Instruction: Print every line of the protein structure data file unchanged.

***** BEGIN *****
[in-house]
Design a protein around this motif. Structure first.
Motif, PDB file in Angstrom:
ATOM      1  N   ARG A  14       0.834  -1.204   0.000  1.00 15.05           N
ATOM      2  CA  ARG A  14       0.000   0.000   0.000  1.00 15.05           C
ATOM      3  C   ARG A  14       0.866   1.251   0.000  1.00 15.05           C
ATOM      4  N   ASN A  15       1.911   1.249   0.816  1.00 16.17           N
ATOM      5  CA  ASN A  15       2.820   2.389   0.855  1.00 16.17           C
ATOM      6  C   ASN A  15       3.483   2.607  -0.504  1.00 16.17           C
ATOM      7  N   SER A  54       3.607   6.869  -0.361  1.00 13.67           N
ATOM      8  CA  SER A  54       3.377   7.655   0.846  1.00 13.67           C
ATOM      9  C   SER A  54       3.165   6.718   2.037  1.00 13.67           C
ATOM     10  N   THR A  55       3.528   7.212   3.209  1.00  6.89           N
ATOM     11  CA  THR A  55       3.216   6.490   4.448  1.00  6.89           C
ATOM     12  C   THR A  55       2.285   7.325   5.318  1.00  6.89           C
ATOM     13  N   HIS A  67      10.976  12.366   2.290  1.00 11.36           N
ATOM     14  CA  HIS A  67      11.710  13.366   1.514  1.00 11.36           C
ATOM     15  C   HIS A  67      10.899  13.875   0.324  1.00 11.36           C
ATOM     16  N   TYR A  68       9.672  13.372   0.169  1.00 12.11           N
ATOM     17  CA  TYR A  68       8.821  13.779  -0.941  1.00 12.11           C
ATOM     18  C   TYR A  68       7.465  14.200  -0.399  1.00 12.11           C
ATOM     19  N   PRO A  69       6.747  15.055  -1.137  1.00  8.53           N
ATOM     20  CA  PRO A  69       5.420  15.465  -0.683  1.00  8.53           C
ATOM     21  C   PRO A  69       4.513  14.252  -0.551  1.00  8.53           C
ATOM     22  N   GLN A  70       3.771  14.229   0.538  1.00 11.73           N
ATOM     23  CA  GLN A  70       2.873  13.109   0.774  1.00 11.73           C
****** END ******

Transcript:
[in-house]
Design a protein around this motif. Structure first.
Motif, PDB file in Angstrom:
ATOM      1  N   ARG A  14       0.834  -1.204   0.000  1.00 15.05           N
ATOM      2  CA  ARG A  14       0.000   0.000   0.000  1.00 15.05           C
ATOM      3  C   ARG A  14       0.866   1.251   0.000  1.00 15.05           C
ATOM      4  N   ASN A  15       1.911   1.249   0.816  1.00 16.17           N
ATOM      5  CA  ASN A  15       2.820   2.389   0.855  1.00 16.17           C
ATOM      6  C   ASN A  15       3.483   2.607  -0.504  1.00 16.17           C
ATOM      7  N   SER A  54       3.607   6.869  -0.361  1.00 13.67           N
ATOM      8  CA  SER A  54       3.377   7.655   0.846  1.00 13.67           C
ATOM      9  C   SER A  54       3.165   6.718   2.037  1.00 13.67           C
ATOM     10  N   THR A  55       3.528   7.212   3.209  1.00  6.89           N
ATOM     11  CA  THR A  55       3.216   6.490   4.448  1.00  6.89           C
ATOM     12  C   THR A  55       2.285   7.325   5.318  1.00  6.89           C
ATOM     13  N   HIS A  67      10.976  12.366   2.290  1.00 11.36           N
ATOM     14  CA  HIS A  67      11.710  13.366   1.514  1.00 11.36           C
ATOM     15  C   HIS A  67      10.899  13.875   0.324  1.00 11.36           C
ATOM     16  N   TYR A  68       9.672  13.372   0.169  1.00 12.11           N
ATOM     17  CA  TYR A  68       8.821  13.779  -0.941  1.00 12.11           C
ATOM     18  C   TYR A  68       7.465  14.200  -0.399  1.00 12.11           C
ATOM     19  N   PRO A  69       6.747  15.055  -1.137  1.00  8.53           N
ATOM     20  CA  PRO A  69       5.420  15.465  -0.683  1.00  8.53           C
ATOM     21  C   PRO A  69       4.513  14.252  -0.551  1.00  8.53           C
ATOM     22  N   GLN A  70       3.771  14.229   0.538  1.00 11.73           N
ATOM     23  CA  GLN A  70       2.873  13.109   0.774  1.00 11.73           C